South Korea’s Next Export Worry: Price Cuts in Japan – Real Time Economics

South Korea’s exports are slipping just as Japan’s are picking up, as a weak yen has made Japanese goods more competitive globally.

The situation could get still worse for South Korean exporters if Japanese firms start to cut prices more aggressively in dollar terms to capture market share overseas, says Ronald Man, a Hong Kong-based economist at HSBC. Many Japanese companies have avoided that approach so far, preferring instead to book profits.

“Few economies in Asia are as affected by a weaker yen as Korea, given its strong competition with Japan,” he says.

Earlier Thursday, South Korea reported a modest rise in first-quarter growth of 2.4% on-year, compared with 2.7% in the last quarter of 2014. Net exports were the weakest spot in the data, trimming nearly a third of a percentage point from overall growth.

South Korean manufacturers compete closely with Japan on exports like cars and electronics. That rivalry has intensified amid Prime Minister Shinzo Abe’s two-year campaign to weaken the yen, which has fallen sharply against the dollar.

The relative strength of South Korea’s won—at a seven-year high against the yen—is a big worry for its central bank, which has been criticized by the International Monetary Fund for actively intervening in currency markets. In its semiannual currency report earlier this month, the U.S. Treasury Department chastised South Korea’s currency policy for hurting its trading partners.

Still, the won’s relative strength has forced South Korea’s manufacturers to scramble for market share. South Korea’s exporters have been cutting prices, which fell 6.8% on year in March compared with a drop of 8.1% in February. Earlier Thursday, South Korean car maker Hyundai Motor Co. recorded its fifth consecutive fall in quarterly profit, citing the cost of higher sales incentives to keep its U.S. market share.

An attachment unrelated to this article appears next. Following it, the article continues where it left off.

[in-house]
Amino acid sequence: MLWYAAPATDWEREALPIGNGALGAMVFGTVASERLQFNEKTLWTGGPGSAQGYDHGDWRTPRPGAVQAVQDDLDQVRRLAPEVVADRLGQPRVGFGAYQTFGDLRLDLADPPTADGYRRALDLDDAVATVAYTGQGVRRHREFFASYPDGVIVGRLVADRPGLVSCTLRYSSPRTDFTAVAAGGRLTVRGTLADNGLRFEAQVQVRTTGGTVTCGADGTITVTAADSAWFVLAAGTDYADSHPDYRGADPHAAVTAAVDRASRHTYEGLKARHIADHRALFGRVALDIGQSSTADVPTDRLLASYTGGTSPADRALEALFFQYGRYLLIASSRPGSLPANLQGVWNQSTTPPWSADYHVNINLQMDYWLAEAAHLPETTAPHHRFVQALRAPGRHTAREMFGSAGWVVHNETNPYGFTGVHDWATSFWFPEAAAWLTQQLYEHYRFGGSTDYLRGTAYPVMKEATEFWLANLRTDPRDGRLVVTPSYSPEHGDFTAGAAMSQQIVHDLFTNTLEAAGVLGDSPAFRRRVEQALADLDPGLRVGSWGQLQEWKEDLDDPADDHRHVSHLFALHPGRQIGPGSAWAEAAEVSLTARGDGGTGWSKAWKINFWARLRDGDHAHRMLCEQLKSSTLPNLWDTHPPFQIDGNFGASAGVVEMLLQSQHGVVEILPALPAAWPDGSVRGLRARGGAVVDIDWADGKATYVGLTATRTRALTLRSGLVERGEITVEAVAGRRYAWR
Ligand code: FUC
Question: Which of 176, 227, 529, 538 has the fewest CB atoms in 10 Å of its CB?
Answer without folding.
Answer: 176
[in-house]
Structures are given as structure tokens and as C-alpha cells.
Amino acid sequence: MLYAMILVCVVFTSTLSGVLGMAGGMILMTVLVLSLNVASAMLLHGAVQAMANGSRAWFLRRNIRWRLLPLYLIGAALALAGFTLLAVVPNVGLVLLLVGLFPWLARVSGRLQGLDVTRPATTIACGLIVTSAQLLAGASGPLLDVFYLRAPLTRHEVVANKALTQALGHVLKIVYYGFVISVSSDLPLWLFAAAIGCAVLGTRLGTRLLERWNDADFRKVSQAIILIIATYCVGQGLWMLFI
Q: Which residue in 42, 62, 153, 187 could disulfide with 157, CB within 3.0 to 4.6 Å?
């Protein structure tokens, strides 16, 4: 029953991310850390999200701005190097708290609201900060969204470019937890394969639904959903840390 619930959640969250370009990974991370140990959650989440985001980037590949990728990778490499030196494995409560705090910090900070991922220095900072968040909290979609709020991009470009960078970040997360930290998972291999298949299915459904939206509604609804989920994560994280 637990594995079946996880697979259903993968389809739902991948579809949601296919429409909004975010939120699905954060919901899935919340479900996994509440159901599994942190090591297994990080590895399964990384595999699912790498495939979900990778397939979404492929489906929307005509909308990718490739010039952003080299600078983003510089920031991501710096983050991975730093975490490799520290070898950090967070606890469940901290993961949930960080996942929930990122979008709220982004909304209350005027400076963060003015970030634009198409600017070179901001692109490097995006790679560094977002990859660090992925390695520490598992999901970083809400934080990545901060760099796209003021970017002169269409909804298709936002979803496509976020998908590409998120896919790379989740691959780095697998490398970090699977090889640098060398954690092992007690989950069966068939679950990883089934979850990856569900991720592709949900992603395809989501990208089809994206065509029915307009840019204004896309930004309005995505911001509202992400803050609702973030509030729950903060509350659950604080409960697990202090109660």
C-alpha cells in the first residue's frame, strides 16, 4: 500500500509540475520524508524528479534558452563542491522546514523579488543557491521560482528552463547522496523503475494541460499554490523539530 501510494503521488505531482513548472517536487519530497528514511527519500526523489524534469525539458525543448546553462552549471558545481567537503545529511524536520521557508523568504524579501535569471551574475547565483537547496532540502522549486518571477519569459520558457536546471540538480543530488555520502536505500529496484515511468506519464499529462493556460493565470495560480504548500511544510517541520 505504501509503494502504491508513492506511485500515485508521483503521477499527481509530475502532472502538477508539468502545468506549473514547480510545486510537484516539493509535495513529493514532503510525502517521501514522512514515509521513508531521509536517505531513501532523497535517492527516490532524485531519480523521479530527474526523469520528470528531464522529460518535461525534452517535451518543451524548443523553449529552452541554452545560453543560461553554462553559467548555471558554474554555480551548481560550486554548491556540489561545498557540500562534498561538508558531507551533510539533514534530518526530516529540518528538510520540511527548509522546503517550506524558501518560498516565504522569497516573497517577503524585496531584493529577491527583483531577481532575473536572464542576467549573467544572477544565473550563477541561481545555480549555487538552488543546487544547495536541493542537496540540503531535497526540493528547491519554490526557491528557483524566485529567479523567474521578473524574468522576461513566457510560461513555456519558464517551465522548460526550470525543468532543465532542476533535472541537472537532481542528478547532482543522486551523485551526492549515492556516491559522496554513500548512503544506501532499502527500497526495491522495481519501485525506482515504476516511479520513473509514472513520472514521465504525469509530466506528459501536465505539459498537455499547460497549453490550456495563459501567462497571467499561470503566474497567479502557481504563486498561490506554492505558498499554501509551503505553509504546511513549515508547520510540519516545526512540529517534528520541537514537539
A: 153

Meanwhile, The Bank of Japan’s drive to weaken the yen has paid off for many of its exporters. Japan’s exports rose 8.5% in March on year, after rising 2.4% in February and 17% in January. A weak yen has led to record profits for Toyota Motor Corp., whose shares are up 50% in the past year.

The likelihood of Japan’s exporters cutting prices increases with additional monetary easing by the Bank of Japan, says HSBC’s Mr. Man. Some economists and policy makers have called for more easing to get consumers and businesses spending. Kozo Yamamoto, a ruling-party lawmaker and ally of Mr. Abe,  has long championed this cause.

Weaker exports raise pressure on South Korea’s policy makers to support growth with more stimulus measures, Mr. Man says. He expects the Bank of Korea to cut interest rates by another quarter percentage point in the third quarter to 1.5%. That would follow a rate cut in March and two last year.

The effects of South Korea’s weak exports have rippled through the economy. Wages have stagnated and debt-saddled households—with levels among the highest in the region—have little urge to spend.

South Korea’s economy will have to grow at a much faster pace for the rest of the year to meet the Bank of Korea’s 3.1% growth target, which it cut from 3.4% earlier this month, writes Singapore-based ING economist Prakash Sakpal in a research note. “Without a vigorous export recovery it’s unlikely to happen.”





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23 April 2015 | 9:21 am – Source:


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